House hunters will now find it even harder to get a mortgage – warns ESRI

Massive shortfall of about 14,100 properties comes amid the controversy over ‘phantom homes’

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HOUSE hunters will find it harder to get a mortgage and tougher to find a home after an influential think-tank dramatically slashed its projection for new builds.

The State-backed ESRI is now expecting just 18,700 homes to be built this year, compared with a previous forecast of 25,000. The ESRI also cut its forecast for homes to be built next year from 31,000 to 23,200.

The massive shortfall of about 14,100 properties comes amid the controversy over ‘phantom homes’, after it emerged last week that Department of Housing figures on new homes were hugely overstated.

Analysts at bodies ranging from stockbrokers Davy to estate agents Savills have said that 35,000 extra units a year will be needed.

Dr Conor O’Toole, senior research officer at the ESRI, said: “We had expected housing completions of 25,000 units this year, up to 31,000 next year. If you take into account the level shift with the new CSO data… our figures would be closer to 18,700 units this year.”

He said that the ESRI “certainly welcomed” the new, more accurate data and it gave an “important insight” – but that the country was further away from meeting the demand for houses than had been previously thought.

In its Quarterly Economic Commentary for Summer 2018, the ESRI said the Central Bank should consider making banks hold more money in reserve to guard against excessive lending.

The recommendations raise the prospect of house buyers finding it more difficult to get a mortgage, while the number of new houses on the market lags previous expectations.

Dr O’Toole said that while lending risk was being managed “much better” by the banks, compared with the Celtic Tiger, this could “quickly unravel”.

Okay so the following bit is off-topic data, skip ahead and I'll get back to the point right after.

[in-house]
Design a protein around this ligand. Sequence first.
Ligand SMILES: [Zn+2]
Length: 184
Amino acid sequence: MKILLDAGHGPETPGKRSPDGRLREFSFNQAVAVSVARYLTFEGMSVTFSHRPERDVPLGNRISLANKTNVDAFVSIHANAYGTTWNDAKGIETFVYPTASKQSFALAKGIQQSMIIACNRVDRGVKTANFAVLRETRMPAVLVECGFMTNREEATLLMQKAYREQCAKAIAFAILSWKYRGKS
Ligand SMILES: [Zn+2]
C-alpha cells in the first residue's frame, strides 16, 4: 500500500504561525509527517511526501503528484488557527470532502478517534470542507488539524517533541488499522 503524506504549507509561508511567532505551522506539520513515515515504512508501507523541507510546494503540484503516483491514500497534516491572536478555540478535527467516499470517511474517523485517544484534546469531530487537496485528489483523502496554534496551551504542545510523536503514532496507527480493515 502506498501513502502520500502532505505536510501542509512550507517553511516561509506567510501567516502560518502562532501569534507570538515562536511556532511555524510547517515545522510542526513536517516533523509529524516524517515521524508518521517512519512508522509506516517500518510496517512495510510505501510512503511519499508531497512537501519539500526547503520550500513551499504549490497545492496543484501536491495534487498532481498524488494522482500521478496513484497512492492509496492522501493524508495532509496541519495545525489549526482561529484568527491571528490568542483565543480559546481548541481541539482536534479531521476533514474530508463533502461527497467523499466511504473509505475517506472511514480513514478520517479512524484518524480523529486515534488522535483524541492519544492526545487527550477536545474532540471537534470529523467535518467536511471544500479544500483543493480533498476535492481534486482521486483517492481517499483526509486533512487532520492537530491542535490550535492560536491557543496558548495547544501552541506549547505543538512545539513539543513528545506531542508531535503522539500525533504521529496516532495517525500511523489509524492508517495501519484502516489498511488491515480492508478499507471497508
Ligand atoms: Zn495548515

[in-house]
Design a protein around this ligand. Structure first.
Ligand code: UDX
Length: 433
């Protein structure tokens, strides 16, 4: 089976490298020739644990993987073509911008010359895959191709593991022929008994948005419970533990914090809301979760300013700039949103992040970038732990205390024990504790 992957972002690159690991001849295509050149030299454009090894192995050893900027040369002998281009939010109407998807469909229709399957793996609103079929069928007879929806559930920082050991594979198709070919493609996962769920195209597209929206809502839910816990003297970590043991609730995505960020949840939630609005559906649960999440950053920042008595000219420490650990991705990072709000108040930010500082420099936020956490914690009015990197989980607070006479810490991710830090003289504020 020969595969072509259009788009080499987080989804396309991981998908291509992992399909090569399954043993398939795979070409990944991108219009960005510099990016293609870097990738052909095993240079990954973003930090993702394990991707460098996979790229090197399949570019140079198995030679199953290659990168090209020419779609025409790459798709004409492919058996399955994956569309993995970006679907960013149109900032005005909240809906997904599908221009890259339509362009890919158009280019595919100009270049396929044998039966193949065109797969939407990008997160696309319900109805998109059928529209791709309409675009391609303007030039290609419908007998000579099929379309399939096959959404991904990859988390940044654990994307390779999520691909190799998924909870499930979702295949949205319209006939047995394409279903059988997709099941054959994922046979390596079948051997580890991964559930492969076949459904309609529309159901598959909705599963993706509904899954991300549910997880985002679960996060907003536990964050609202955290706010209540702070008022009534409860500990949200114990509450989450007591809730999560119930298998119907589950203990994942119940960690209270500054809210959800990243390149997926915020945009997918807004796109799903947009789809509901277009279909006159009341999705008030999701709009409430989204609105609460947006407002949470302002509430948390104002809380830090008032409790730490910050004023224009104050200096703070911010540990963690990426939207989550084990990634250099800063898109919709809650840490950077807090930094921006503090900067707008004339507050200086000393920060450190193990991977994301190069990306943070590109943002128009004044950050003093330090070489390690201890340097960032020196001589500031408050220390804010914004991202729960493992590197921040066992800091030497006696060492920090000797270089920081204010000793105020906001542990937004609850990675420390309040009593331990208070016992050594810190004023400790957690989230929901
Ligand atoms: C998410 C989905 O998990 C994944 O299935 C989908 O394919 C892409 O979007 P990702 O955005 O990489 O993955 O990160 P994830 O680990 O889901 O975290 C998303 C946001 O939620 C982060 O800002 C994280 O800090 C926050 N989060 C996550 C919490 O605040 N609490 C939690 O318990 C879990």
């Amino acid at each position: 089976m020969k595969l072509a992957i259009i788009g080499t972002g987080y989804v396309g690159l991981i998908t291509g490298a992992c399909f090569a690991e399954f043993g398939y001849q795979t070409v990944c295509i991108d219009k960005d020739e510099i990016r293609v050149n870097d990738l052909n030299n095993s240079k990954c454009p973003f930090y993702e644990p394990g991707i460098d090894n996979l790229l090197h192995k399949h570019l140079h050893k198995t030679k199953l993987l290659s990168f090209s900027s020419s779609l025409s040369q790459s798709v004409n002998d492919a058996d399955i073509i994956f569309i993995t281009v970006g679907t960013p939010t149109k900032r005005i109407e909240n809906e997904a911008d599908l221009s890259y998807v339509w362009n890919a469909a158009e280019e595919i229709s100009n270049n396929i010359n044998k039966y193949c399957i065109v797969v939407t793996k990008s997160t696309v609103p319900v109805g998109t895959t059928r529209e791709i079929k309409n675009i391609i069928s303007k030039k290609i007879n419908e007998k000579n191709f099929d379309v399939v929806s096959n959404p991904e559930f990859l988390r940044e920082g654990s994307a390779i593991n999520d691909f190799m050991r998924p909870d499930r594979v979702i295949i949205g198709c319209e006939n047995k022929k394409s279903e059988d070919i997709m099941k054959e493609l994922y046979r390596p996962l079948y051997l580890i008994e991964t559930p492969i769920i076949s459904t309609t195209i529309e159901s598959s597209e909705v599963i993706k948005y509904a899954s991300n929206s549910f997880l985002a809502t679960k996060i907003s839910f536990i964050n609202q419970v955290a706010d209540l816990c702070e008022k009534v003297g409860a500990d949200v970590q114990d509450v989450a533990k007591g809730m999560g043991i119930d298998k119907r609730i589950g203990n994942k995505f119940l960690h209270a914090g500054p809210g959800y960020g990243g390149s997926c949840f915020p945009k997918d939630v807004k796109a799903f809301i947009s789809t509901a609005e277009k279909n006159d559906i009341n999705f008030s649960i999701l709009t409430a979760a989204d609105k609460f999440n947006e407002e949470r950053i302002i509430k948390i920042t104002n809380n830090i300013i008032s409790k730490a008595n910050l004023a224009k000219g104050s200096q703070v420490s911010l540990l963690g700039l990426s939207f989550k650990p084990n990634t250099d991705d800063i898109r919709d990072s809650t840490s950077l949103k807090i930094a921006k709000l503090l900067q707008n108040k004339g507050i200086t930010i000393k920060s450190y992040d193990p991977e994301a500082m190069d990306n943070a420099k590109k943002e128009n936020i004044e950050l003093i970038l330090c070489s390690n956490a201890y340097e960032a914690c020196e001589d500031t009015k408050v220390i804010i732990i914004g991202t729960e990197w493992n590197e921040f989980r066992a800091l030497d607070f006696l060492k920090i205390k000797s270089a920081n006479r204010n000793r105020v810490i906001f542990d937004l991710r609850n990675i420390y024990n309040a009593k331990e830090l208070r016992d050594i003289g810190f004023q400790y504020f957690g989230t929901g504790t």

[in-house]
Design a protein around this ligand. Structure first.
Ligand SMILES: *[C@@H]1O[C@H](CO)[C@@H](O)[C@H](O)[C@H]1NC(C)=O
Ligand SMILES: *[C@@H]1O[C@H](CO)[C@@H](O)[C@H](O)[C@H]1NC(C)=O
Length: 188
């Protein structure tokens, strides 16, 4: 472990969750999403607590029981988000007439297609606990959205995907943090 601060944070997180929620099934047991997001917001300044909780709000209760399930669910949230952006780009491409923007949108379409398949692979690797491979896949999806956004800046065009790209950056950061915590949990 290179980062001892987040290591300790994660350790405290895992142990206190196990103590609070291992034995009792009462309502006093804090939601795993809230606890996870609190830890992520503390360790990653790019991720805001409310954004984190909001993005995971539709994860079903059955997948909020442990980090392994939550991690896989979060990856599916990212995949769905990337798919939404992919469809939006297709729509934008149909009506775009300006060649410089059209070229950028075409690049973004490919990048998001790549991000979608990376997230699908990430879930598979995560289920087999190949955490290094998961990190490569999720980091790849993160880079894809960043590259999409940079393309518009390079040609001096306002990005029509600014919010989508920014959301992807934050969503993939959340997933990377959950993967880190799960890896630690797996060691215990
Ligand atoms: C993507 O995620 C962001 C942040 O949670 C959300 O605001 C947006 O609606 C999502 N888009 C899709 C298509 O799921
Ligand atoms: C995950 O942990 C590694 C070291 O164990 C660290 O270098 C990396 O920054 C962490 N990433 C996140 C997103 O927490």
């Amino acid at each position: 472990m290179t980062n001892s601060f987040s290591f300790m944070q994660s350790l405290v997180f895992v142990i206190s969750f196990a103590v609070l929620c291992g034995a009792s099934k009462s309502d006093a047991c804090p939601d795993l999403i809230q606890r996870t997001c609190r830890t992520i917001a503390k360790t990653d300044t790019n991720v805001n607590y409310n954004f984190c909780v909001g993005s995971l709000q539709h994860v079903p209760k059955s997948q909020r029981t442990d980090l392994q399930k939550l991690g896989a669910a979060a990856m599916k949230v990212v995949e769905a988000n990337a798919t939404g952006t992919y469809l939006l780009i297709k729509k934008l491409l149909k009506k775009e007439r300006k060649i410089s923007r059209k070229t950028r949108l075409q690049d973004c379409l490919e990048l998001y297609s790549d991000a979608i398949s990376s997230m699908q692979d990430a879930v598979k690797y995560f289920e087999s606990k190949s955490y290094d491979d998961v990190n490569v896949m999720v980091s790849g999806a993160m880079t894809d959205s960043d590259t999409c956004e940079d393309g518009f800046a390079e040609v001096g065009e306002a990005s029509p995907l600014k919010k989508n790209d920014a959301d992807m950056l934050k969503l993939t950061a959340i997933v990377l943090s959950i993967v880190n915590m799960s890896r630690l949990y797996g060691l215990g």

He said there was no case for loosening the Central Bank’s mortgage caps, and that in fact it should consider tightening the amount of money available via methods other than the mortgage caps. He said asking banks to hold more money in reserve “may be an approach that’s prudent” given the current state of the market.

“Using these other levers and tightening those may be an appropriate way to manage the cycle going forward,” Dr O’Toole said.

The think-tank also said there was no scope for a giveaway Budget this year, because of the Government’s spending commitments for the National Development Plan, which is designed to boost this country’s infrastructure.

ESRI research professor Kieran McQuinn said the Budget should be neutral and increases in spending should be matched by increases in the tax take.

“You really would want to be very wary about stimulating the economy through for instance any changes in personal tax rates or any change in tax rates generally,” he said. “If you do want to reduce personal taxation rates… we think those should be offset by increases in taxation elsewhere so that the overall package is neutral.”

Prof McQuinn said he thought the planned ‘rainy day fund’ was a good idea in principle. The fund, set to be introduced by Finance Minister Paschal Donohoe, will be used to set aside money that can boost the economy in the event of a downturn.

The ESRI echoed recent warnings on Ireland’s exposure to turbulent geopolitical events.

“Growing political uncertainty in Italy, the exact nature of Brexit and the possibility of international trade wars could all have an adverse impact on the global economy,” it said.

“The Irish economy, given its highly open nature, is especially vulnerable to these developments.”

Irish Independent

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